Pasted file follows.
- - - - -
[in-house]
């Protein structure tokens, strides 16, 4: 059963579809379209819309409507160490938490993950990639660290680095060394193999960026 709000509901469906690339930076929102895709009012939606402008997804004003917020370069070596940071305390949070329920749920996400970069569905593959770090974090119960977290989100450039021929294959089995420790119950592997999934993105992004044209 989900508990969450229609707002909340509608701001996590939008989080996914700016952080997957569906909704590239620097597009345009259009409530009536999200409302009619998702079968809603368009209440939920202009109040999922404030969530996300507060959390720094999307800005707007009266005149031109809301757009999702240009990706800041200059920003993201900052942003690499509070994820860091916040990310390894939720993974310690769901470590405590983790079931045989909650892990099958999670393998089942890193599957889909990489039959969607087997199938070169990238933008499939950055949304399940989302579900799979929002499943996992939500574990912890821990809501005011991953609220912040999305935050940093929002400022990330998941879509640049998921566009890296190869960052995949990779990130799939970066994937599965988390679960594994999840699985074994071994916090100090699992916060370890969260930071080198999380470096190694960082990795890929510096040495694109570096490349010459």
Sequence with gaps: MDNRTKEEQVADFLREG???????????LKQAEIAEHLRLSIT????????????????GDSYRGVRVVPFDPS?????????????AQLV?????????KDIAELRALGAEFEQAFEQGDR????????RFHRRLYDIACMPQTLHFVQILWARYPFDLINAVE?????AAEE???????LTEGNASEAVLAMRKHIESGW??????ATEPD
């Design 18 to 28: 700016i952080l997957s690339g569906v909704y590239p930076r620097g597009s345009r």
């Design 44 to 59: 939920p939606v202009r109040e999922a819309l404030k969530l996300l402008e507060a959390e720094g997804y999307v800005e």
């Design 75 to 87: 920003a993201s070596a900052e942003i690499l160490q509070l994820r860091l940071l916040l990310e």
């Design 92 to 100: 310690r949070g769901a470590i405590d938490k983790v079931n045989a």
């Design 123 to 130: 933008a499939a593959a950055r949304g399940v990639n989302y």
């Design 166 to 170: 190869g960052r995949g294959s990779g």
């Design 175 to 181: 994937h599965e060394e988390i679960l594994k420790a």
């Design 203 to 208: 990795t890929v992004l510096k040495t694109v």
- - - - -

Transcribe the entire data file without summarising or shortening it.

[in-house]
């Protein structure tokens, strides 16, 4: 059963579809379209819309409507160490938490993950990639660290680095060394193999960026 709000509901469906690339930076929102895709009012939606402008997804004003917020370069070596940071305390949070329920749920996400970069569905593959770090974090119960977290989100450039021929294959089995420790119950592997999934993105992004044209 989900508990969450229609707002909340509608701001996590939008989080996914700016952080997957569906909704590239620097597009345009259009409530009536999200409302009619998702079968809603368009209440939920202009109040999922404030969530996300507060959390720094999307800005707007009266005149031109809301757009999702240009990706800041200059920003993201900052942003690499509070994820860091916040990310390894939720993974310690769901470590405590983790079931045989909650892990099958999670393998089942890193599957889909990489039959969607087997199938070169990238933008499939950055949304399940989302579900799979929002499943996992939500574990912890821990809501005011991953609220912040999305935050940093929002400022990330998941879509640049998921566009890296190869960052995949990779990130799939970066994937599965988390679960594994999840699985074994071994916090100090699992916060370890969260930071080198999380470096190694960082990795890929510096040495694109570096490349010459």
Sequence with gaps: MDNRTKEEQVADFLREG???????????LKQAEIAEHLRLSIT????????????????GDSYRGVRVVPFDPS?????????????AQLV?????????KDIAELRALGAEFEQAFEQGDR????????RFHRRLYDIACMPQTLHFVQILWARYPFDLINAVE?????AAEE???????LTEGNASEAVLAMRKHIESGW??????ATEPD
């Design 18 to 28: 700016i952080l997957s690339g569906v909704y590239p930076r620097g597009s345009r």
């Design 44 to 59: 939920p939606v202009r109040e999922a819309l404030k969530l996300l402008e507060a959390e720094g997804y999307v800005e």
């Design 75 to 87: 920003a993201s070596a900052e942003i690499l160490q509070l994820r860091l940071l916040l990310e």
């Design 92 to 100: 310690r949070g769901a470590i405590d938490k983790v079931n045989a």
């Design 123 to 130: 933008a499939a593959a950055r949304g399940v990639n989302y």
């Design 166 to 170: 190869g960052r995949g294959s990779g």
């Design 175 to 181: 994937h599965e060394e988390i679960l594994k420790a």
């Design 203 to 208: 990795t890929v992004l510096k040495t694109v």